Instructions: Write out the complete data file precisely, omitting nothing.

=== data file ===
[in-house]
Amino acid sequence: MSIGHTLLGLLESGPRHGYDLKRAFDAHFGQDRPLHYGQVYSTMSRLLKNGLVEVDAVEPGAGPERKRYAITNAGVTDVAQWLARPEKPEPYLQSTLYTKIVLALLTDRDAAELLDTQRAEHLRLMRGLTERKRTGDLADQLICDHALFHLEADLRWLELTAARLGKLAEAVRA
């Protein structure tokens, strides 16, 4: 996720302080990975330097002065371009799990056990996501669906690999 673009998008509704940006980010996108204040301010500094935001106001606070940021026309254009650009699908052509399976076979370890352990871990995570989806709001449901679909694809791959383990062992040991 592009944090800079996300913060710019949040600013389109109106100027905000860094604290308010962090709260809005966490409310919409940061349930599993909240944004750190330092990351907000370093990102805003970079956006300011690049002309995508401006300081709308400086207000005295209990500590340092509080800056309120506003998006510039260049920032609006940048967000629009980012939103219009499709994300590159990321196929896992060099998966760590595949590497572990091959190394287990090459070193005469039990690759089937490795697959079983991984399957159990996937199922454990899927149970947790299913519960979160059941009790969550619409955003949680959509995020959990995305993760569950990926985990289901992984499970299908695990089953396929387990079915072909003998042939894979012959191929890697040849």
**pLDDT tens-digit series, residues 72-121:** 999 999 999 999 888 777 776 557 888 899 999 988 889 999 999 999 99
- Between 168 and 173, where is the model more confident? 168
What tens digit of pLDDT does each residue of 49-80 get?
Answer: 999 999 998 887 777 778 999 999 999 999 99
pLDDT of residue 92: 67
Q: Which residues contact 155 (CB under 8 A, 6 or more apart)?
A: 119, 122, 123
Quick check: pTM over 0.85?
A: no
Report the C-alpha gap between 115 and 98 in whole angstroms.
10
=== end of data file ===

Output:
[in-house]
Amino acid sequence: MSIGHTLLGLLESGPRHGYDLKRAFDAHFGQDRPLHYGQVYSTMSRLLKNGLVEVDAVEPGAGPERKRYAITNAGVTDVAQWLARPEKPEPYLQSTLYTKIVLALLTDRDAAELLDTQRAEHLRLMRGLTERKRTGDLADQLICDHALFHLEADLRWLELTAARLGKLAEAVRA
């Protein structure tokens, strides 16, 4: 996720302080990975330097002065371009799990056990996501669906690999 673009998008509704940006980010996108204040301010500094935001106001606070940021026309254009650009699908052509399976076979370890352990871990995570989806709001449901679909694809791959383990062992040991 592009944090800079996300913060710019949040600013389109109106100027905000860094604290308010962090709260809005966490409310919409940061349930599993909240944004750190330092990351907000370093990102805003970079956006300011690049002309995508401006300081709308400086207000005295209990500590340092509080800056309120506003998006510039260049920032609006940048967000629009980012939103219009499709994300590159990321196929896992060099998966760590595949590497572990091959190394287990090459070193005469039990690759089937490795697959079983991984399957159990996937199922454990899927149970947790299913519960979160059941009790969550619409955003949680959509995020959990995305993760569950990926985990289901992984499970299908695990089953396929387990079915072909003998042939894979012959191929890697040849």
**pLDDT tens-digit series, residues 72-121:** 999 999 999 999 888 777 776 557 888 899 999 988 889 999 999 999 99
- Between 168 and 173, where is the model more confident? 168
What tens digit of pLDDT does each residue of 49-80 get?
Answer: 999 999 998 887 777 778 999 999 999 999 99
pLDDT of residue 92: 67
Q: Which residues contact 155 (CB under 8 A, 6 or more apart)?
A: 119, 122, 123
Quick check: pTM over 0.85?
A: no
Report the C-alpha gap between 115 and 98 in whole angstroms.
10